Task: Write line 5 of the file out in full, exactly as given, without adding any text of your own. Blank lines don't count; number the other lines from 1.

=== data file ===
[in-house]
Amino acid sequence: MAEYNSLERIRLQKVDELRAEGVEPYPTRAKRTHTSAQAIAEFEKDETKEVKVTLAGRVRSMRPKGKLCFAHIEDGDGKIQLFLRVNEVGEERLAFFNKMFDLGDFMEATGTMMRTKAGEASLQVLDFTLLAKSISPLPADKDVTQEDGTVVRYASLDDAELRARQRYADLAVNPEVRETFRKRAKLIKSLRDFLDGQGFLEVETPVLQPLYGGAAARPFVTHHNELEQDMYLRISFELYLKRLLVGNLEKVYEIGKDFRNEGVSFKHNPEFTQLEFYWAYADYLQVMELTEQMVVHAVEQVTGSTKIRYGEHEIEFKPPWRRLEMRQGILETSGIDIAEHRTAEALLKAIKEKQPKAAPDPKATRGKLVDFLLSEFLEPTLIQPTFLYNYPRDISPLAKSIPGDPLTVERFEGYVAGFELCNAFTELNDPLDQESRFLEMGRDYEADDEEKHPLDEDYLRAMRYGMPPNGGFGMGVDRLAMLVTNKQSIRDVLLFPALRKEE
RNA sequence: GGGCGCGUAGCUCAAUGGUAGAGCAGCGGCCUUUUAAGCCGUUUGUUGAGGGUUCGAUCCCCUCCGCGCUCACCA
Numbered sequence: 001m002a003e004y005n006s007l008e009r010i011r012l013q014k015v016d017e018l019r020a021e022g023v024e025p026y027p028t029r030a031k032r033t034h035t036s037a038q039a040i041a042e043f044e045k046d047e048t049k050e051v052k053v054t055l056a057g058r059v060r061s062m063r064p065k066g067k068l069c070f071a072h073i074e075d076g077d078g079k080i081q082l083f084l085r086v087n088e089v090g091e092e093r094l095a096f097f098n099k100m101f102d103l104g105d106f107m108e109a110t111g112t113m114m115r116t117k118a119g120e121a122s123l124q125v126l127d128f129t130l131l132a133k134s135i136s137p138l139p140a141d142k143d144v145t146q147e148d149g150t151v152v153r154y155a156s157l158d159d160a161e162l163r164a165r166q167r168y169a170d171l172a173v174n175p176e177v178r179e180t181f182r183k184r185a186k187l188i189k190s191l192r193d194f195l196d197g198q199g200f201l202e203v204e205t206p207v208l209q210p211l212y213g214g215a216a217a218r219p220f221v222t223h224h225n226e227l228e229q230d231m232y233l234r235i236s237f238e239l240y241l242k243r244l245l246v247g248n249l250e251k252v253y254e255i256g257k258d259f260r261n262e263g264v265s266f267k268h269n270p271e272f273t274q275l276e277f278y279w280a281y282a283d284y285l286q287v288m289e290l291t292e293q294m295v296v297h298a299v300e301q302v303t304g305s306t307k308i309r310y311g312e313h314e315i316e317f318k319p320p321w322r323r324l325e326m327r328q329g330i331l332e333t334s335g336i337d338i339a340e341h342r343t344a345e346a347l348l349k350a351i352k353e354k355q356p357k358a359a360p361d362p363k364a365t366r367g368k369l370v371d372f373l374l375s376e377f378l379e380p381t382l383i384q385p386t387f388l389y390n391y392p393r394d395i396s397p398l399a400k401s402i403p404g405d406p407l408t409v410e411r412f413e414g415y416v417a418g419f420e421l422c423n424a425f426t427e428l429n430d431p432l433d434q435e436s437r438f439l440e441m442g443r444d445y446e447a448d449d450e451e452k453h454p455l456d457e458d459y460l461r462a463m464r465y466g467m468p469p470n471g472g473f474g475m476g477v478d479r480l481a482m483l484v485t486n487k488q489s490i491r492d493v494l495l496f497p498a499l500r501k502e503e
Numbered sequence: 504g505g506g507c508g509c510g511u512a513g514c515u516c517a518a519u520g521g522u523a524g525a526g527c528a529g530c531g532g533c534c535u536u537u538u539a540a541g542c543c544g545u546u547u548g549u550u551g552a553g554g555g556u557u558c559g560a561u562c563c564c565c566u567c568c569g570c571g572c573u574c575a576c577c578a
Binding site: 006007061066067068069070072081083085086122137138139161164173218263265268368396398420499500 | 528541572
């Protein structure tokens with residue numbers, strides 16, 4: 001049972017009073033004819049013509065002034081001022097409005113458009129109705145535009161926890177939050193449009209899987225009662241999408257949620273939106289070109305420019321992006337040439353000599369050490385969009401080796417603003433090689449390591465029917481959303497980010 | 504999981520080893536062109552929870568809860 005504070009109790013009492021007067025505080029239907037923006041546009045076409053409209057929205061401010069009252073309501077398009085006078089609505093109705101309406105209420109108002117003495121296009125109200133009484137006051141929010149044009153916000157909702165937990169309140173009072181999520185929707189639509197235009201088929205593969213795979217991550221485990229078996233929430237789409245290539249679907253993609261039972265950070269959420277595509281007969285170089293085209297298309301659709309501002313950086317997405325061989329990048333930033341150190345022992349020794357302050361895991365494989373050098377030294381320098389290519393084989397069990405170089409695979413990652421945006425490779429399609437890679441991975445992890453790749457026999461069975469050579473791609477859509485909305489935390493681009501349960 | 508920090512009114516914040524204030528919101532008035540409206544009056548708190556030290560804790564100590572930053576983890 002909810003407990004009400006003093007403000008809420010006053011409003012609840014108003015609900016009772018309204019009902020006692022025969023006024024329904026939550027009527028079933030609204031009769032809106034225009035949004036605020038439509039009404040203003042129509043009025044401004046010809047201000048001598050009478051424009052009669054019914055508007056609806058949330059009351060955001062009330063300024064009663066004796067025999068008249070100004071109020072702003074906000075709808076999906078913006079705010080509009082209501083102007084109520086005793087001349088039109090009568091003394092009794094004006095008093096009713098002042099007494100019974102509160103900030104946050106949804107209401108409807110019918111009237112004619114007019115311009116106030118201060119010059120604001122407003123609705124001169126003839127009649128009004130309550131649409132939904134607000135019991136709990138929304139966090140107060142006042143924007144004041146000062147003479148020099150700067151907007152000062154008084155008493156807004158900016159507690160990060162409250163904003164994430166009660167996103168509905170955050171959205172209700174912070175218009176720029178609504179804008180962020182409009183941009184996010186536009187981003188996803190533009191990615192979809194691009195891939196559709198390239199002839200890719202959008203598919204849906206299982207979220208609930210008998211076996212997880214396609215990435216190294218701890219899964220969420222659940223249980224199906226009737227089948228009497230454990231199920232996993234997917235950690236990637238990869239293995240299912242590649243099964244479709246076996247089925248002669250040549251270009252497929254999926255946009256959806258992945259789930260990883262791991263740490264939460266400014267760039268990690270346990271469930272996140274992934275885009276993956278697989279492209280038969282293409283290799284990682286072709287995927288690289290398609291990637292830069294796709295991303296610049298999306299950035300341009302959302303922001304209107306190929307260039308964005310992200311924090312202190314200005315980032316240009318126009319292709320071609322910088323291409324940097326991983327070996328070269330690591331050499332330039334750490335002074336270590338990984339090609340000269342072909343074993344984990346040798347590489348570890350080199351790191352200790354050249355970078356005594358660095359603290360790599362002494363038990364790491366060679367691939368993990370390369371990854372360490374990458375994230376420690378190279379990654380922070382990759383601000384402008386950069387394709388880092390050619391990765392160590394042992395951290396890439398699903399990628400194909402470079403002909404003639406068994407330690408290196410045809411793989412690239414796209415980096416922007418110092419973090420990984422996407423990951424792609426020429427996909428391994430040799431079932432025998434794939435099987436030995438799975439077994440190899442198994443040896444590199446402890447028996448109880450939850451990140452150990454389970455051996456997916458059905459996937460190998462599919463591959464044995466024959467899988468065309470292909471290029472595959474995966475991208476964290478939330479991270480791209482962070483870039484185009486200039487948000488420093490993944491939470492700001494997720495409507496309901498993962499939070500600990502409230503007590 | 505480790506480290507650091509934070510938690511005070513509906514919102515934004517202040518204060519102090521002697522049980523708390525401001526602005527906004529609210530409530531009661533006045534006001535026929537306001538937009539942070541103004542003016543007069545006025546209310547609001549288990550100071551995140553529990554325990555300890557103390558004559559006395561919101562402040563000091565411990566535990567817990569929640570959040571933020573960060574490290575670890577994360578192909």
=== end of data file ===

Numbered sequence: 504g505g506g507c508g509c510g511u512a513g514c515u516c517a518a519u520g521g522u523a524g525a526g527c528a529g530c531g532g533c534c535u536u537u538u539a540a541g542c543c544g545u546u547u548g549u550u551g552a553g554g555g556u557u558c559g560a561u562c563c564c565c566u567c568c569g570c571g572c573u574c575a576c577c578a